The lower river offers some daytime fishing thanks to grass hopper populations. Next week look for fish showing more interest in tiny BWOs because of predicted stormy weather. We are in the season to begin thinking streamer presentation for brown trout especially during conditions like predicted for next week.
No drop in flow here but mayfly activity on the lower river is similar (good) to that of the South Fork. Tiny BWOs (pseudocloeon edmunsi) are coming out on the lower river in numbers good enough to interest trout into near surface feeding. That means presenting very small (#18-22) life cycle patterns. Good luck if you tie into a trophy individual using one of these patterns!
Flying ants have arrived along the upper river, so add these to the grasshopper abundance, and terrestrial insect patterns of these should accompany your visit to this part of the river. Mayflies activity is reduced to a spotty trico emergence with some speckled duns thrown in. Caddis are still active here, but seem to be less in favor than especially ants according to resident trout (and whitefish). As always occurs this time of year, extensive weed beds put some limits on wet fly fishing and make escape havens for large hooked trout (and whitefish).
Cooler mornings and less daylight means we are heading in the direction of the lower river to begin “perking up” with respect to offering better fishing. Look for the small BWO activity to become important in a few weeks and streamer fishing success to begin ramping up.
No big change here since our last report. Terrestrial insects “rule the roost” with respect to attracting trout just about everywhere on the river. Flying ants and trico spinners are coming closer to be available in important numbers up and down the river. It will take a lot of cooling off and some weeks before the late season BWO hatch begins.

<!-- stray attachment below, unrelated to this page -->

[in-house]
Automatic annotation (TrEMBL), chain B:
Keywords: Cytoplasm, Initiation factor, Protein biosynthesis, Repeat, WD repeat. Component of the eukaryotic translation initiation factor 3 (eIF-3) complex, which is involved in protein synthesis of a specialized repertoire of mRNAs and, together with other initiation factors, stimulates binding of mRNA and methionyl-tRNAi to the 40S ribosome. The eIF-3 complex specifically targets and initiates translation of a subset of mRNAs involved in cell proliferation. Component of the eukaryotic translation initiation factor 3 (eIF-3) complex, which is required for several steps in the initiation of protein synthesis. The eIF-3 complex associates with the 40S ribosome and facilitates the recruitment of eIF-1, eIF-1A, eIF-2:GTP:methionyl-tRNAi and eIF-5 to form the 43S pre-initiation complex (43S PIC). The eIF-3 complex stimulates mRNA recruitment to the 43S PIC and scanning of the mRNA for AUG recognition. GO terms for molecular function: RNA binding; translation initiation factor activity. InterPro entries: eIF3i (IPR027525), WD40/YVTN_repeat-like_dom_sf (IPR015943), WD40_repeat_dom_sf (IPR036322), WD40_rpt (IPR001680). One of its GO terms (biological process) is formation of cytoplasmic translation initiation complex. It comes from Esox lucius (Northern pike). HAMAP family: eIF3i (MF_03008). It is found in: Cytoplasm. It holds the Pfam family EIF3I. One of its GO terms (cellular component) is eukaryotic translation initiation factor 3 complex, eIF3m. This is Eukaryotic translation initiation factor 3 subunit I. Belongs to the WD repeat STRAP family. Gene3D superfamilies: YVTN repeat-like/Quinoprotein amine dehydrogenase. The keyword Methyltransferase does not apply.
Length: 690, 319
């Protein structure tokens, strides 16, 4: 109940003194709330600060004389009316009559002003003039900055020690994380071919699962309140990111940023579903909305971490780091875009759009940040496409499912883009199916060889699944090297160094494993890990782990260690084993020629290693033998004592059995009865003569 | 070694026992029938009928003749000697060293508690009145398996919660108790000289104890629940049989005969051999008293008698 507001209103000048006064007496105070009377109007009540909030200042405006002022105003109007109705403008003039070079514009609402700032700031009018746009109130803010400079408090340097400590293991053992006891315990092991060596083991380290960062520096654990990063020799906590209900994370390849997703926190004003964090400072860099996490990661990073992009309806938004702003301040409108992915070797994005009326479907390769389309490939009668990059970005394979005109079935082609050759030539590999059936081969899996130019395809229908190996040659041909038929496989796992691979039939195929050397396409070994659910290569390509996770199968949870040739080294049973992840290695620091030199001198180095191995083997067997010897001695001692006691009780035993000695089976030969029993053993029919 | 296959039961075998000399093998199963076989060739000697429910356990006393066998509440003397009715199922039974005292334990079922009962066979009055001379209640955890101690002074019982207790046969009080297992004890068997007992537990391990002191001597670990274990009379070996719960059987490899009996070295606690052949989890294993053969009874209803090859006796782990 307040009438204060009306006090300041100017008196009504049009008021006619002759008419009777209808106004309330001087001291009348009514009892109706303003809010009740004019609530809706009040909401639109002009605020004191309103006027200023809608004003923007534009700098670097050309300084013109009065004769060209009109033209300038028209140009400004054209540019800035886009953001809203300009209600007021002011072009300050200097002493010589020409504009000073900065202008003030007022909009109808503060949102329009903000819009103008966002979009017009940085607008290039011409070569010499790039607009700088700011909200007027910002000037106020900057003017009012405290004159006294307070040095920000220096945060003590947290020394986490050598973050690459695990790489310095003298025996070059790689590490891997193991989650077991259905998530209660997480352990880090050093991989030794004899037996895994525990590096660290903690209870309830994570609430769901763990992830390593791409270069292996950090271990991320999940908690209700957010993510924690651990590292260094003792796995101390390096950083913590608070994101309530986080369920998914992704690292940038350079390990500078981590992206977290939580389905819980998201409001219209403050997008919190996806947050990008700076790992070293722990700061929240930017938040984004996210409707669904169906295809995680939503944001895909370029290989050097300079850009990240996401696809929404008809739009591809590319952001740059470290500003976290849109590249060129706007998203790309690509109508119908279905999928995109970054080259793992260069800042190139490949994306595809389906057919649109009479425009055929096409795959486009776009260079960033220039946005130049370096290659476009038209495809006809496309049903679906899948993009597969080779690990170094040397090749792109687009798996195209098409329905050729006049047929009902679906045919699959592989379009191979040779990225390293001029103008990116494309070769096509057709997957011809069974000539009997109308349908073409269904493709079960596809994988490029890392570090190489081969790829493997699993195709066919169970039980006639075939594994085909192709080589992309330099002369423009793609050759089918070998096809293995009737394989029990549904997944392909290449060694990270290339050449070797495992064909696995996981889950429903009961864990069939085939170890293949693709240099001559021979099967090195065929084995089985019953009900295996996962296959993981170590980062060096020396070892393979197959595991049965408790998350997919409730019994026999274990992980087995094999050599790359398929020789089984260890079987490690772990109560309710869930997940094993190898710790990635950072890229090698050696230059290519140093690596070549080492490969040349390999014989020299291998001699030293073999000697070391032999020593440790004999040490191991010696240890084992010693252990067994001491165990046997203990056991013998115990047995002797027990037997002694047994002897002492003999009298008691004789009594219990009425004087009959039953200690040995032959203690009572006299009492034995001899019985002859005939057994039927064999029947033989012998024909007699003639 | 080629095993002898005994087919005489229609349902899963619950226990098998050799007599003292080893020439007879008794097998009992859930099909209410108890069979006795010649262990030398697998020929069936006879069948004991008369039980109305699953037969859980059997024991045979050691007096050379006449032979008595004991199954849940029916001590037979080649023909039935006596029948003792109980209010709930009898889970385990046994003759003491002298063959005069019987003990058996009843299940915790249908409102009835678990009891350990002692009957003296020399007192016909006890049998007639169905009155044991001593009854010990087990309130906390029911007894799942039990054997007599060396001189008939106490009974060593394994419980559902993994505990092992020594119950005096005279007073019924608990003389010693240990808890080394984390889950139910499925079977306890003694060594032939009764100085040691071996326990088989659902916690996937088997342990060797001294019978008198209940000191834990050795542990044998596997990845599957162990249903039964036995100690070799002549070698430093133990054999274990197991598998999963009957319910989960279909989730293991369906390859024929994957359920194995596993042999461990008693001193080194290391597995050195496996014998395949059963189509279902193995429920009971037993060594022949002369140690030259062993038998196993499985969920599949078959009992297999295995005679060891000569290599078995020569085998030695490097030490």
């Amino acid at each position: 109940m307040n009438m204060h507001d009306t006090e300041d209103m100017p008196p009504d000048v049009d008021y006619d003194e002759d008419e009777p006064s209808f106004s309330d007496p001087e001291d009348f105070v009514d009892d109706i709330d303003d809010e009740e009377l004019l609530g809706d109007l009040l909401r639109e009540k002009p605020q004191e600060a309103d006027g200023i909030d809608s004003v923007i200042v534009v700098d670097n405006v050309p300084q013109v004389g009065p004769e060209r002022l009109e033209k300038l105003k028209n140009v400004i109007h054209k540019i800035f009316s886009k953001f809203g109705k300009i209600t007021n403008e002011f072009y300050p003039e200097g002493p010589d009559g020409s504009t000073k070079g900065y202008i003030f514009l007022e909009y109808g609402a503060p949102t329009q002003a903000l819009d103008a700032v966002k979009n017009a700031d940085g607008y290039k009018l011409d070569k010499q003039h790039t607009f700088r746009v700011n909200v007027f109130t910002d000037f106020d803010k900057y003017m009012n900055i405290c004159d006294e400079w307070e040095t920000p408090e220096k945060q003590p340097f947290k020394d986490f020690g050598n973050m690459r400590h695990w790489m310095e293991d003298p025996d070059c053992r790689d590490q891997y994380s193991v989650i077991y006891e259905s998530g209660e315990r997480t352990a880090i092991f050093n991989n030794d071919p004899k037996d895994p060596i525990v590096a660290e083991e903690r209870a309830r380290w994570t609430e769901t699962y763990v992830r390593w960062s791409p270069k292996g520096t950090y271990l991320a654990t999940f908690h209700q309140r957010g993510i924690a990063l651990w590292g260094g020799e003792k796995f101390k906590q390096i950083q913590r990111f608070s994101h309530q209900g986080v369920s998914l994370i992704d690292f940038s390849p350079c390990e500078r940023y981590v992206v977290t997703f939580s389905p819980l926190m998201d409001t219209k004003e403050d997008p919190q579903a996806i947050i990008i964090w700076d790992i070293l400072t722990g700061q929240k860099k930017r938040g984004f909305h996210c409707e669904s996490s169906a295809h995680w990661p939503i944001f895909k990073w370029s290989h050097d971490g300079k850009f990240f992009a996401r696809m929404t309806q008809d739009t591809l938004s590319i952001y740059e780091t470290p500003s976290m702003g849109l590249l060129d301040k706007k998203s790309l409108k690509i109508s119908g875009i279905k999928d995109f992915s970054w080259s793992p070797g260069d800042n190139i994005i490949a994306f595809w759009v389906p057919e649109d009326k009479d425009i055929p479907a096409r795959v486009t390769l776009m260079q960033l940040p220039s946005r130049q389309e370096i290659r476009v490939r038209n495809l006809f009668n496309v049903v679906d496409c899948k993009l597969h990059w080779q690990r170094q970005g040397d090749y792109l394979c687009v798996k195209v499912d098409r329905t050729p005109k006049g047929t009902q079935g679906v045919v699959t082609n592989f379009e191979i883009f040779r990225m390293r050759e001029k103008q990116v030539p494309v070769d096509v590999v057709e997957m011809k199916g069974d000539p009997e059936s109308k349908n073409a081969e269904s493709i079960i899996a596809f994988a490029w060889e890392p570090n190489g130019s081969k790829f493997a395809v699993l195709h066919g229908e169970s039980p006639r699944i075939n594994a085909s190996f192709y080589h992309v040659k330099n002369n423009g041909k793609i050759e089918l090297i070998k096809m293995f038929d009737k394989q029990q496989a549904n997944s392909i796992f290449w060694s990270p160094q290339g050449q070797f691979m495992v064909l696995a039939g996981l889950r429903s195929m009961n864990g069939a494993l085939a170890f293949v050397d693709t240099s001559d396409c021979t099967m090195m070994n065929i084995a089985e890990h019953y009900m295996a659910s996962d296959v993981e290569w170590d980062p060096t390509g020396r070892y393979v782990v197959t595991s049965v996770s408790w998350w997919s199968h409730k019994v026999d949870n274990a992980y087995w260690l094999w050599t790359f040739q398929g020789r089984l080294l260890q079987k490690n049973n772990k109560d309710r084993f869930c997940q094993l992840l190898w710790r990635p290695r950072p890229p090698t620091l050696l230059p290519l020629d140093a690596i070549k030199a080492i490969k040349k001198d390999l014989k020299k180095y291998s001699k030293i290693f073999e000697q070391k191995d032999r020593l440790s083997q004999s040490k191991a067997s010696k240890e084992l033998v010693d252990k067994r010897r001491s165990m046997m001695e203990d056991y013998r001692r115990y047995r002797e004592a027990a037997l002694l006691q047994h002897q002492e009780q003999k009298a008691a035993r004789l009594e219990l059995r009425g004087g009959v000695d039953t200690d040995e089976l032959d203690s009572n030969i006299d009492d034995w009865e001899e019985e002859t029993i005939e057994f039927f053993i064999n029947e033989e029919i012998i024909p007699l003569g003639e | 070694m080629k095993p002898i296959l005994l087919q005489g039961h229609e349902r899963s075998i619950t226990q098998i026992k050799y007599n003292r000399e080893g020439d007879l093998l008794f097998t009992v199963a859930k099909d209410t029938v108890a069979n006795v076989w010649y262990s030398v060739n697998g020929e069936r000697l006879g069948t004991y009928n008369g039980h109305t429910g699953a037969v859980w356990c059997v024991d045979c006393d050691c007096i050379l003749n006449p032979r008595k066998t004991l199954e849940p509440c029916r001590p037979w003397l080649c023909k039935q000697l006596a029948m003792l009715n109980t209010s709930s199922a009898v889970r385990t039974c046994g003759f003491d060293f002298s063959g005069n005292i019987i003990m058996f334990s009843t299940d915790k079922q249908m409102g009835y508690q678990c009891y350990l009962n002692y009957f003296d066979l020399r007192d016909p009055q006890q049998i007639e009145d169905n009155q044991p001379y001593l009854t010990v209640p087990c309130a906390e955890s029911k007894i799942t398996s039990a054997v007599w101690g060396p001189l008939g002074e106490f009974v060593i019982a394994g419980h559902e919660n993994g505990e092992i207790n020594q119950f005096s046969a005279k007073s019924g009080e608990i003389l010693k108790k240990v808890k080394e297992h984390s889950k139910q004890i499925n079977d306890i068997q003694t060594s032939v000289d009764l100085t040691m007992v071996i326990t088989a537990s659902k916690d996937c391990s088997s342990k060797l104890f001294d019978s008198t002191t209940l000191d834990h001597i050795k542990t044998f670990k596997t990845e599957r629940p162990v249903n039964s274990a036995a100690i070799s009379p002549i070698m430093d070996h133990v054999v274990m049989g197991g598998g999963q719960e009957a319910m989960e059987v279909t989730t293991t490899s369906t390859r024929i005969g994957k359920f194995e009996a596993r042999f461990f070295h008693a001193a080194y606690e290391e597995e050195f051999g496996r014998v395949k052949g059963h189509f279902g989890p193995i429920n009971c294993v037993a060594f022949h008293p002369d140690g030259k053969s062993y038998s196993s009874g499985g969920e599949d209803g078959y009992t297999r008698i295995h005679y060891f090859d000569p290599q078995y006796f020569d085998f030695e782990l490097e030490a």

Significant flying ant and trico activities are just around the corner along the upper river. For now concentrate on presenting terrestrial patterns during daytime, then switch to caddis life cycle in the evening. Try hopper- bead head dropper combos in Box Canyon, but be aware of recreational floaters there during mid-day. The same patterns apply to the warmed up lower river: those for terrestrial insects with and without droppers during daytime, those for caddis ( and streamers) during evening hours.
Hoppers, caddis and rusty spinners; patterns imitating these provide the best chance for dry fly action up and down the river. Responses to these will be slower on the lower river during daytime, so try them during early morning or evening if you are considering fishing that part of the river.
At almost every location on the river rusty spinners in the AM, caddis during evenings will get you into action. Hoppers and other terrestrial insects make for action along the upper river, but mid-day hours on the lower river are a good time for a siesta.
Wading wet is comfortable in the lower river. Fishing there is fair early mornings (a few spinners) and evenings (caddis activity). The big early summer mayfly emergences are pretty much done on the upper river. Now it is time to of think terrestrial insects, PM caddis and a few speckled duns.